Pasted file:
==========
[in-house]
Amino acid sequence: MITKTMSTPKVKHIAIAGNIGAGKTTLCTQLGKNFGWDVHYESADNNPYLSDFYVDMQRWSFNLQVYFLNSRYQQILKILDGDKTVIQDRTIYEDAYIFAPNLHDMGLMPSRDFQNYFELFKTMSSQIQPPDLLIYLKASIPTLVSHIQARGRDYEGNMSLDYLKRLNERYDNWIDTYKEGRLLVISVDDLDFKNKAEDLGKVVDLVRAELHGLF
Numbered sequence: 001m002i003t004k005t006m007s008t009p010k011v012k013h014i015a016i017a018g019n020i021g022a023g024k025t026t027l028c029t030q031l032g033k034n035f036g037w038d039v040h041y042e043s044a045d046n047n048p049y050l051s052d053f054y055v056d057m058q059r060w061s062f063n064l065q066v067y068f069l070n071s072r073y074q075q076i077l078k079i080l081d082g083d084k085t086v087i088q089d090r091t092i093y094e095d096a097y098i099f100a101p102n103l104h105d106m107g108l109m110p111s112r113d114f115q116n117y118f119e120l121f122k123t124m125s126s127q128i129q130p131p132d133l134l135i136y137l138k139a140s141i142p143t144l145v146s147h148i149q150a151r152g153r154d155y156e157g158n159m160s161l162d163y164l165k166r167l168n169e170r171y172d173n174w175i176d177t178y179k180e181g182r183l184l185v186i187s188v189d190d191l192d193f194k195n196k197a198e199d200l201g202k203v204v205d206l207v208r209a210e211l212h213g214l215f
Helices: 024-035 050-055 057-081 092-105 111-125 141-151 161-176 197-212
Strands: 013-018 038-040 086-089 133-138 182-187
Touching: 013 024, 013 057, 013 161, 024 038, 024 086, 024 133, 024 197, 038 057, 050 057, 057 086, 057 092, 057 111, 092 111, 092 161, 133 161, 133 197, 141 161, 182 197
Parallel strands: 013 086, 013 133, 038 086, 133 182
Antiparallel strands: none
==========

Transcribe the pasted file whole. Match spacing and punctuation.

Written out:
[in-house]
Amino acid sequence: MITKTMSTPKVKHIAIAGNIGAGKTTLCTQLGKNFGWDVHYESADNNPYLSDFYVDMQRWSFNLQVYFLNSRYQQILKILDGDKTVIQDRTIYEDAYIFAPNLHDMGLMPSRDFQNYFELFKTMSSQIQPPDLLIYLKASIPTLVSHIQARGRDYEGNMSLDYLKRLNERYDNWIDTYKEGRLLVISVDDLDFKNKAEDLGKVVDLVRAELHGLF
Numbered sequence: 001m002i003t004k005t006m007s008t009p010k011v012k013h014i015a016i017a018g019n020i021g022a023g024k025t026t027l028c029t030q031l032g033k034n035f036g037w038d039v040h041y042e043s044a045d046n047n048p049y050l051s052d053f054y055v056d057m058q059r060w061s062f063n064l065q066v067y068f069l070n071s072r073y074q075q076i077l078k079i080l081d082g083d084k085t086v087i088q089d090r091t092i093y094e095d096a097y098i099f100a101p102n103l104h105d106m107g108l109m110p111s112r113d114f115q116n117y118f119e120l121f122k123t124m125s126s127q128i129q130p131p132d133l134l135i136y137l138k139a140s141i142p143t144l145v146s147h148i149q150a151r152g153r154d155y156e157g158n159m160s161l162d163y164l165k166r167l168n169e170r171y172d173n174w175i176d177t178y179k180e181g182r183l184l185v186i187s188v189d190d191l192d193f194k195n196k197a198e199d200l201g202k203v204v205d206l207v208r209a210e211l212h213g214l215f
Helices: 024-035 050-055 057-081 092-105 111-125 141-151 161-176 197-212
Strands: 013-018 038-040 086-089 133-138 182-187
Touching: 013 024, 013 057, 013 161, 024 038, 024 086, 024 133, 024 197, 038 057, 050 057, 057 086, 057 092, 057 111, 092 111, 092 161, 133 161, 133 197, 141 161, 182 197
Parallel strands: 013 086, 013 133, 038 086, 133 182
Antiparallel strands: none